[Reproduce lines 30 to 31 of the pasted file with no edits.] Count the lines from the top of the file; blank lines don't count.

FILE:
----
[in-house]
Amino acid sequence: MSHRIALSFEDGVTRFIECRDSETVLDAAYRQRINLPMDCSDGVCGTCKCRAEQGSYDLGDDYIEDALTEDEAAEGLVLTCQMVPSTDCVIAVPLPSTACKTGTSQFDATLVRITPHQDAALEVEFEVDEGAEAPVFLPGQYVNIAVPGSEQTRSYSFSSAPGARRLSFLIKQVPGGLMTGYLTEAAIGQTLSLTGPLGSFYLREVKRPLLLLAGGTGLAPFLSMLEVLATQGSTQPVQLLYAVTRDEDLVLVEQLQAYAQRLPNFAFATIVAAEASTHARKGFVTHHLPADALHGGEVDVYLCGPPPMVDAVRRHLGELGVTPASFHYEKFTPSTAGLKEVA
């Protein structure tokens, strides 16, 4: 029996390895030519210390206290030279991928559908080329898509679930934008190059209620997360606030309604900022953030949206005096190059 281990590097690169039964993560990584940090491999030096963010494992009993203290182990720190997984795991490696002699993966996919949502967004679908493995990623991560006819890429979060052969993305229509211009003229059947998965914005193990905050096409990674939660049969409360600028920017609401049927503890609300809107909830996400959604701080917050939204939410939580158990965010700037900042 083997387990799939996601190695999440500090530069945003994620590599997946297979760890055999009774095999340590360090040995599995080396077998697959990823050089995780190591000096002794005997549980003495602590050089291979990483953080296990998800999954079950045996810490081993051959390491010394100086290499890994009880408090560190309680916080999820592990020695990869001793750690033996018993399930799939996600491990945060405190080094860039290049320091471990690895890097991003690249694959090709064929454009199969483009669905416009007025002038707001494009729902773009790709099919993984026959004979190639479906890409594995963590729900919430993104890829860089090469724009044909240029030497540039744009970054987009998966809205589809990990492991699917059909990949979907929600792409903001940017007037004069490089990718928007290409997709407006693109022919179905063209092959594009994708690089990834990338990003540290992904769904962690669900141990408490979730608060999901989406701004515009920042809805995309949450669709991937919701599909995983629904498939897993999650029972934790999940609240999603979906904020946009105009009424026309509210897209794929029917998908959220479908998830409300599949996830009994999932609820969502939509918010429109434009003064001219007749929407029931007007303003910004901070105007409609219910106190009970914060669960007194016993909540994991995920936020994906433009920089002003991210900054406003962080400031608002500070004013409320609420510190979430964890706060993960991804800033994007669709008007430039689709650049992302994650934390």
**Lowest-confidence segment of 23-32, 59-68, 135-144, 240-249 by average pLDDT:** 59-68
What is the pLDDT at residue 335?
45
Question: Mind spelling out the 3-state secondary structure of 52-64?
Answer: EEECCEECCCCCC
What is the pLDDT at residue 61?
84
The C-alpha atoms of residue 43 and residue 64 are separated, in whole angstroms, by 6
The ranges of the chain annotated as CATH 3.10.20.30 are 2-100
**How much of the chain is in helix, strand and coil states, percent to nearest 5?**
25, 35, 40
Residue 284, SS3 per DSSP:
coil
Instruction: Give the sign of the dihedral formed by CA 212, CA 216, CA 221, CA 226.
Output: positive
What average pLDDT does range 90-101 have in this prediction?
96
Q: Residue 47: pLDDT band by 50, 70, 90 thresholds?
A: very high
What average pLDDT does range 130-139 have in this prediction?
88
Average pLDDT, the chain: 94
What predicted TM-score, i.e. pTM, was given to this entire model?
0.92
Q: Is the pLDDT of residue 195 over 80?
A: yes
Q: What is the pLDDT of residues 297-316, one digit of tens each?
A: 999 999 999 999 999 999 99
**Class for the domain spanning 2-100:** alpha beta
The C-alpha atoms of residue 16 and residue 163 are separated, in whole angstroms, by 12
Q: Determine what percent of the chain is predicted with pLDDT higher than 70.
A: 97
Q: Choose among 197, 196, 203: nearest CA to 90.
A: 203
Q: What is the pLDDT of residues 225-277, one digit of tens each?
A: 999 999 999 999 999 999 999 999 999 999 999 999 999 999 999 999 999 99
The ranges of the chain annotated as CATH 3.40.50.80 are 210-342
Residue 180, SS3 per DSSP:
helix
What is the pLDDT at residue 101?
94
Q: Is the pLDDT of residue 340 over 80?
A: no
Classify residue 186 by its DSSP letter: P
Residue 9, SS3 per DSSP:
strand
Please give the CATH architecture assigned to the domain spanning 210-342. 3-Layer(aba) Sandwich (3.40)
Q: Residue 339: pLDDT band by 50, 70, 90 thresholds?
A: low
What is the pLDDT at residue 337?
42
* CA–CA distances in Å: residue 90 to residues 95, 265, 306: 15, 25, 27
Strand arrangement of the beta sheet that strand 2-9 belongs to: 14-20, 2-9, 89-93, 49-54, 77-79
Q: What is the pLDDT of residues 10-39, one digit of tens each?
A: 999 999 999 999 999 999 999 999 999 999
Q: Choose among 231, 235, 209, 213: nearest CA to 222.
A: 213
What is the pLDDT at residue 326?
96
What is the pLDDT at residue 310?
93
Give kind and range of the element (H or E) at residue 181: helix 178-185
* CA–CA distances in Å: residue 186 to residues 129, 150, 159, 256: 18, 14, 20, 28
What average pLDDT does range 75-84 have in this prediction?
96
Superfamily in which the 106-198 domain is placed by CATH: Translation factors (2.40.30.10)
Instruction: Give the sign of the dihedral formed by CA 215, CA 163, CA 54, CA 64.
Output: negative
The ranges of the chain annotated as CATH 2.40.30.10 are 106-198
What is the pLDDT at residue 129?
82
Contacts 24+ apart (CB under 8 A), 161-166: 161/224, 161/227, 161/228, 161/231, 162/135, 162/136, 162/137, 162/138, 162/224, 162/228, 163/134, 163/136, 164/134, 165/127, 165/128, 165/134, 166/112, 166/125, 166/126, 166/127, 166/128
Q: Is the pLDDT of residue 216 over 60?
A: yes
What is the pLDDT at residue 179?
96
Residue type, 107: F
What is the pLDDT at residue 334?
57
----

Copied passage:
Q: What is the pLDDT of residues 297-316, one digit of tens each?
A: 999 999 999 999 999 999 99